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King’s Consultant Physiotherapist receives Fellowship Award

23 March 2023 - The award will enable research into chronic breathlessness

Dr Charles Reilly, Consultant Physiotherapist in Chronic Respiratory Disease at King’s College Hospital NHS Foundation Trust has been awarded £1.2million for a five-year advanced fellowship by the Health Education England /National Institute for Health and Care Research (NIHR) Integrated Clinical and Practitioner Academic Advanced Clinical and Practitioner Academic Fellowship (ACAF) scheme.

The NIHR ACAF fellowship allows Dr Reilly to advance his research and leadership expertise, develop his research team and fund his research project titled, Improving the lives of people living with chronic breathlessness due to advance disease via a self-guided internet-based supportive intervention, SELF-BREATHE.

Over 3 million people in the UK live with chronic breathlessness due to advanced respiratory diseases like Chronic Obstructive Pulmonary Disease (COPD). The occurrence of chronic breathlessness is increasing due to population ageing and complex health conditions, further amplified by the COVID-19 pandemic. Chronic breathlessness results in poor health related quality of life, increased disability and high health and social care costs; predominately high attendances at emergency departments and re-attendances due to breathlessness crisis.

Dr Reilly’s research has demonstrated that patients with chronic breathlessness are willing to use online breathlessness resources if given the opportunity. Collaborating with patients, he developed SELF-BREATHE, an online education and self-management breathlessness tool for people with chronic breathlessness due to advanced respiratory disease. With the funding provided as part of the NIHR ACAF fellowship, Dr Reilly will test the clinical effectiveness of SELF-BREATHE in a multi-centre randomised controlled trial.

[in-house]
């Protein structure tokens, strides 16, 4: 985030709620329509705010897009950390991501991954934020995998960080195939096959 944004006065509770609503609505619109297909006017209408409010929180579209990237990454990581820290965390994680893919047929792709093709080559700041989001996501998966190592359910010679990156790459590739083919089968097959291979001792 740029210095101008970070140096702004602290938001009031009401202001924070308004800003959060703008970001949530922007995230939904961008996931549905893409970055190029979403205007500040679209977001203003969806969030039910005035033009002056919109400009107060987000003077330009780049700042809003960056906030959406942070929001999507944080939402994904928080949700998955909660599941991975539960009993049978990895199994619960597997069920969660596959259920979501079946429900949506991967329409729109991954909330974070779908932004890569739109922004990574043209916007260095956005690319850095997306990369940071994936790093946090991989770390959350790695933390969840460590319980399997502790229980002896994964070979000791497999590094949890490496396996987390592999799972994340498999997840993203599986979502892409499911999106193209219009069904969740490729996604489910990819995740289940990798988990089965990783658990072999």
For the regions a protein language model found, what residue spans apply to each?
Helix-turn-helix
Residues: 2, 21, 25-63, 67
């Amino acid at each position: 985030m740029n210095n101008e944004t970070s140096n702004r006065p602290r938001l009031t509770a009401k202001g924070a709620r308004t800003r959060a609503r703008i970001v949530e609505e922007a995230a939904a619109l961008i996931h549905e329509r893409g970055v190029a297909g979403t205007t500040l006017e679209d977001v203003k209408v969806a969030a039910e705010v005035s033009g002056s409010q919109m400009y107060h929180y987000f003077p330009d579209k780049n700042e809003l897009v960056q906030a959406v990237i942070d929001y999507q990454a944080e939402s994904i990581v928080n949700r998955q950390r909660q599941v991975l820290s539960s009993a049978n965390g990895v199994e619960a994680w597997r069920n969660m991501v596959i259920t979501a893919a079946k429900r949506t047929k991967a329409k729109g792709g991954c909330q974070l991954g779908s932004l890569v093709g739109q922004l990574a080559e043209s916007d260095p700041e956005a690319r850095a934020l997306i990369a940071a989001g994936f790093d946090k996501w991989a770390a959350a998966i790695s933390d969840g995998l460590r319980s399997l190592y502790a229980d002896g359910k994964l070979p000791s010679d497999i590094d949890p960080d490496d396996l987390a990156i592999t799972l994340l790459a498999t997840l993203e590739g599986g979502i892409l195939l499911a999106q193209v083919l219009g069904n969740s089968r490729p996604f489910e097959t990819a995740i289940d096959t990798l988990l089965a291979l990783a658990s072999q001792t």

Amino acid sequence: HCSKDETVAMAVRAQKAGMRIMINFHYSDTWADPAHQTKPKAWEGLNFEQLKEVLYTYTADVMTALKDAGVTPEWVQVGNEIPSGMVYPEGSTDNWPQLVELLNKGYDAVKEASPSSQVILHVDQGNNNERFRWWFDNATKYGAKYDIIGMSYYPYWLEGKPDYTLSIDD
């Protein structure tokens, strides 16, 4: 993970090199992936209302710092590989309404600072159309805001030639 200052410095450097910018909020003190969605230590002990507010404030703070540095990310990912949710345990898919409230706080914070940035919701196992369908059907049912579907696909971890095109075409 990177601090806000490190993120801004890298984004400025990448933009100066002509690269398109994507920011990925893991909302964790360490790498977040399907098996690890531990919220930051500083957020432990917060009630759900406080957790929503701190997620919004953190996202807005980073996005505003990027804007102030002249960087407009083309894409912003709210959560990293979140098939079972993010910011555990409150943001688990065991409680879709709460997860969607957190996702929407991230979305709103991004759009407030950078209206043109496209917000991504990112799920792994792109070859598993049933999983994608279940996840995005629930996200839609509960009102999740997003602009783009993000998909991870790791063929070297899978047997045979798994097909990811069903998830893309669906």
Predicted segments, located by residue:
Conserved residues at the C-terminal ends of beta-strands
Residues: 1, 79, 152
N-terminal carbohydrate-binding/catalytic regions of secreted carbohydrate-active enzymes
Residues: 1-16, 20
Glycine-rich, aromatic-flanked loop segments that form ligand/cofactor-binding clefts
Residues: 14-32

Dr Charles Reilly, said: “I am passionate about improving the lives of those living with chronic breathlessness due to advanced disease. It’s such an honour and privilege to be awarded this NIHR Advanced Fellowship, to further develop and test SELF-BREATHE.

“This award builds upon my strong academic affiliation with Cicely Sunders Institute, King’s College London. I hope my success will inspire other Allied Health Professional to apply to the NIHR and develop their own clinical academic careers.”

Professor Irene Higginson, Consultant in Palliative Care Medicine at King’s College Hospital and Executive Dean at the Florence Nightingale Faculty of Nursing, Midwifery & Palliative Care at King’s College London added: “I am delighted that the UK National Institute for Health and Care Research have granted this prestigious award to Dr Reilly and the team to develop SELF-BREATHE further.

“Breathlessness is very distressing for people seriously affected by advanced diseases, such as cancer, and respiratory and heart diseases, limiting what they can do daily, limiting social connections, and is often very frightening during acute episodes.

“We know there are ways to improve breathlessness, using straightforward technologies and therapies which can be delivered at home. However, they are only available to some. With this SELF-BREATHE programme, things that we know work will become available to people locally, they will be trained and supported in their use, and the team will evaluate the effects to see what works and how.

“Over time this will help people locally and all across the UK whose lives are limited by this common debilitating symptom. I am delighted that Dr Reilly, one of the UK’s leading clinical academic physiotherapists, has received this award to enable him and his team to drive forward this work.”

Professor Ray Chaudhuri, Research and Development Director and Consultant Neurologist at King’s College Hospital said: “This exceptional achievement showcases the enormous wealth of research expertise at the highest level among King’s College Hospital (KCH) healthcare professionals. The work proposed and to be developed by Charles consolidates the importance of self-management in advanced respiratory disease, which could have a global effect on patient care. It highlights the enormous potential of the King’s research community at all levels, from grassroots to high academia and the ability to secure high-quality peer-reviewed grants.”